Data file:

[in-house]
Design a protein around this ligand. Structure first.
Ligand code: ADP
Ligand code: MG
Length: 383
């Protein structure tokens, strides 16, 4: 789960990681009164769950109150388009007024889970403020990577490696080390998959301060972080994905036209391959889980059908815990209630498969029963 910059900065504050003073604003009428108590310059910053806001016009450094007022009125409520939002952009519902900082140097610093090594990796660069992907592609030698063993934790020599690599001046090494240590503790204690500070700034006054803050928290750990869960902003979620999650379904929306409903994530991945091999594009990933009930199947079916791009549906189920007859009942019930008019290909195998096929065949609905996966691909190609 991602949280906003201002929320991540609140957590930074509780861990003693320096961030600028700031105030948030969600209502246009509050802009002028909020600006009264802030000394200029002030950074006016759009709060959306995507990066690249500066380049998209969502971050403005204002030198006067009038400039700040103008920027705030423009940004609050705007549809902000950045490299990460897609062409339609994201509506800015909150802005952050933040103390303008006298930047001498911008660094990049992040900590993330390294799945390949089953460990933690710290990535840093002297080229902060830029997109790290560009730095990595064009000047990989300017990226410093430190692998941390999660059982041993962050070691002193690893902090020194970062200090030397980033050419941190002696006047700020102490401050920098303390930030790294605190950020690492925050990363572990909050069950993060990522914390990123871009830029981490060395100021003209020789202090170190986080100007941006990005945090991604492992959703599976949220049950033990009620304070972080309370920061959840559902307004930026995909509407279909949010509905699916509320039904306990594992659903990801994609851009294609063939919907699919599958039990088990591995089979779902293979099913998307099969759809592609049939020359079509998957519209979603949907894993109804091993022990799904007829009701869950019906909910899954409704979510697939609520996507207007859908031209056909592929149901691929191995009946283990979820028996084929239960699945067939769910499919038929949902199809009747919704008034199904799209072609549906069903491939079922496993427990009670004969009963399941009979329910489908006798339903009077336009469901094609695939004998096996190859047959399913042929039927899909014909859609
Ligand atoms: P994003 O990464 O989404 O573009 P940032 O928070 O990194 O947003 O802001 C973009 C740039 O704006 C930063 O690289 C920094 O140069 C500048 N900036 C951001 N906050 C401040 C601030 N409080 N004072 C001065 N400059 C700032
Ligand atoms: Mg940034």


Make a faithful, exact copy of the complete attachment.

[in-house]
Design a protein around this ligand. Structure first.
Ligand code: ADP
Ligand code: MG
Length: 383
């Protein structure tokens, strides 16, 4: 789960990681009164769950109150388009007024889970403020990577490696080390998959301060972080994905036209391959889980059908815990209630498969029963 910059900065504050003073604003009428108590310059910053806001016009450094007022009125409520939002952009519902900082140097610093090594990796660069992907592609030698063993934790020599690599001046090494240590503790204690500070700034006054803050928290750990869960902003979620999650379904929306409903994530991945091999594009990933009930199947079916791009549906189920007859009942019930008019290909195998096929065949609905996966691909190609 991602949280906003201002929320991540609140957590930074509780861990003693320096961030600028700031105030948030969600209502246009509050802009002028909020600006009264802030000394200029002030950074006016759009709060959306995507990066690249500066380049998209969502971050403005204002030198006067009038400039700040103008920027705030423009940004609050705007549809902000950045490299990460897609062409339609994201509506800015909150802005952050933040103390303008006298930047001498911008660094990049992040900590993330390294799945390949089953460990933690710290990535840093002297080229902060830029997109790290560009730095990595064009000047990989300017990226410093430190692998941390999660059982041993962050070691002193690893902090020194970062200090030397980033050419941190002696006047700020102490401050920098303390930030790294605190950020690492925050990363572990909050069950993060990522914390990123871009830029981490060395100021003209020789202090170190986080100007941006990005945090991604492992959703599976949220049950033990009620304070972080309370920061959840559902307004930026995909509407279909949010509905699916509320039904306990594992659903990801994609851009294609063939919907699919599958039990088990591995089979779902293979099913998307099969759809592609049939020359079509998957519209979603949907894993109804091993022990799904007829009701869950019906909910899954409704979510697939609520996507207007859908031209056909592929149901691929191995009946283990979820028996084929239960699945067939769910499919038929949902199809009747919704008034199904799209072609549906069903491939079922496993427990009670004969009963399941009979329910489908006798339903009077336009469901094609695939004998096996190859047959399913042929039927899909014909859609
Ligand atoms: P994003 O990464 O989404 O573009 P940032 O928070 O990194 O947003 O802001 C973009 C740039 O704006 C930063 O690289 C920094 O140069 C500048 N900036 C951001 N906050 C401040 C601030 N409080 N004072 C001065 N400059 C700032
Ligand atoms: Mg940034």